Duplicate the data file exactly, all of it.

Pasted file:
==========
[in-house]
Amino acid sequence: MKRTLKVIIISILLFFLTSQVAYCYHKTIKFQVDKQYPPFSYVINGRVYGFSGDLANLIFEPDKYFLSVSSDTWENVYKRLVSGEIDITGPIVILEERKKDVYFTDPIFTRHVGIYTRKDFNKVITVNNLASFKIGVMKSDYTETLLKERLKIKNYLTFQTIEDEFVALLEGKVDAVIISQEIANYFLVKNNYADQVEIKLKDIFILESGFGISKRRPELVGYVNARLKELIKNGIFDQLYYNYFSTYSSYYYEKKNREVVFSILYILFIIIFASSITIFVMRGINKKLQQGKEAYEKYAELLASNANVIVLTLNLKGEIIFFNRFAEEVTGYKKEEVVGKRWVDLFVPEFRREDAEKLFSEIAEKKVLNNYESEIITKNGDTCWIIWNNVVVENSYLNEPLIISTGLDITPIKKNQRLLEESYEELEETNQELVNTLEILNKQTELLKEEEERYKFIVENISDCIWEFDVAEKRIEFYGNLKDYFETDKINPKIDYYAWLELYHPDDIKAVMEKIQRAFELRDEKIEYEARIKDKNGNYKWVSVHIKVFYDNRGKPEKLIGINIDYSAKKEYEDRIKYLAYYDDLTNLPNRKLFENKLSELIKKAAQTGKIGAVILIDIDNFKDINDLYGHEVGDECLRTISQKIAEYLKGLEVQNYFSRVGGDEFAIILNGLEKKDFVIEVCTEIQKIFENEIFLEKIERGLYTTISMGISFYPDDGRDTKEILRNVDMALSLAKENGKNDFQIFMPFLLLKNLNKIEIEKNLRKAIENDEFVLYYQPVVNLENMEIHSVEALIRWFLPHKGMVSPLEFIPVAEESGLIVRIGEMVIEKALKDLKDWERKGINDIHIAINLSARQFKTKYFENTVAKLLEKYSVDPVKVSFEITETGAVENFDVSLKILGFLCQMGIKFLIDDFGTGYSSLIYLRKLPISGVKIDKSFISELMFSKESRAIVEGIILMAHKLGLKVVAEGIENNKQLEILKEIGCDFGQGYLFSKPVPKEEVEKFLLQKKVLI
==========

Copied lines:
[in-house]
Amino acid sequence: MKRTLKVIIISILLFFLTSQVAYCYHKTIKFQVDKQYPPFSYVINGRVYGFSGDLANLIFEPDKYFLSVSSDTWENVYKRLVSGEIDITGPIVILEERKKDVYFTDPIFTRHVGIYTRKDFNKVITVNNLASFKIGVMKSDYTETLLKERLKIKNYLTFQTIEDEFVALLEGKVDAVIISQEIANYFLVKNNYADQVEIKLKDIFILESGFGISKRRPELVGYVNARLKELIKNGIFDQLYYNYFSTYSSYYYEKKNREVVFSILYILFIIIFASSITIFVMRGINKKLQQGKEAYEKYAELLASNANVIVLTLNLKGEIIFFNRFAEEVTGYKKEEVVGKRWVDLFVPEFRREDAEKLFSEIAEKKVLNNYESEIITKNGDTCWIIWNNVVVENSYLNEPLIISTGLDITPIKKNQRLLEESYEELEETNQELVNTLEILNKQTELLKEEEERYKFIVENISDCIWEFDVAEKRIEFYGNLKDYFETDKINPKIDYYAWLELYHPDDIKAVMEKIQRAFELRDEKIEYEARIKDKNGNYKWVSVHIKVFYDNRGKPEKLIGINIDYSAKKEYEDRIKYLAYYDDLTNLPNRKLFENKLSELIKKAAQTGKIGAVILIDIDNFKDINDLYGHEVGDECLRTISQKIAEYLKGLEVQNYFSRVGGDEFAIILNGLEKKDFVIEVCTEIQKIFENEIFLEKIERGLYTTISMGISFYPDDGRDTKEILRNVDMALSLAKENGKNDFQIFMPFLLLKNLNKIEIEKNLRKAIENDEFVLYYQPVVNLENMEIHSVEALIRWFLPHKGMVSPLEFIPVAEESGLIVRIGEMVIEKALKDLKDWERKGINDIHIAINLSARQFKTKYFENTVAKLLEKYSVDPVKVSFEITETGAVENFDVSLKILGFLCQMGIKFLIDDFGTGYSSLIYLRKLPISGVKIDKSFISELMFSKESRAIVEGIILMAHKLGLKVVAEGIENNKQLEILKEIGCDFGQGYLFSKPVPKEEVEKFLLQKKVLI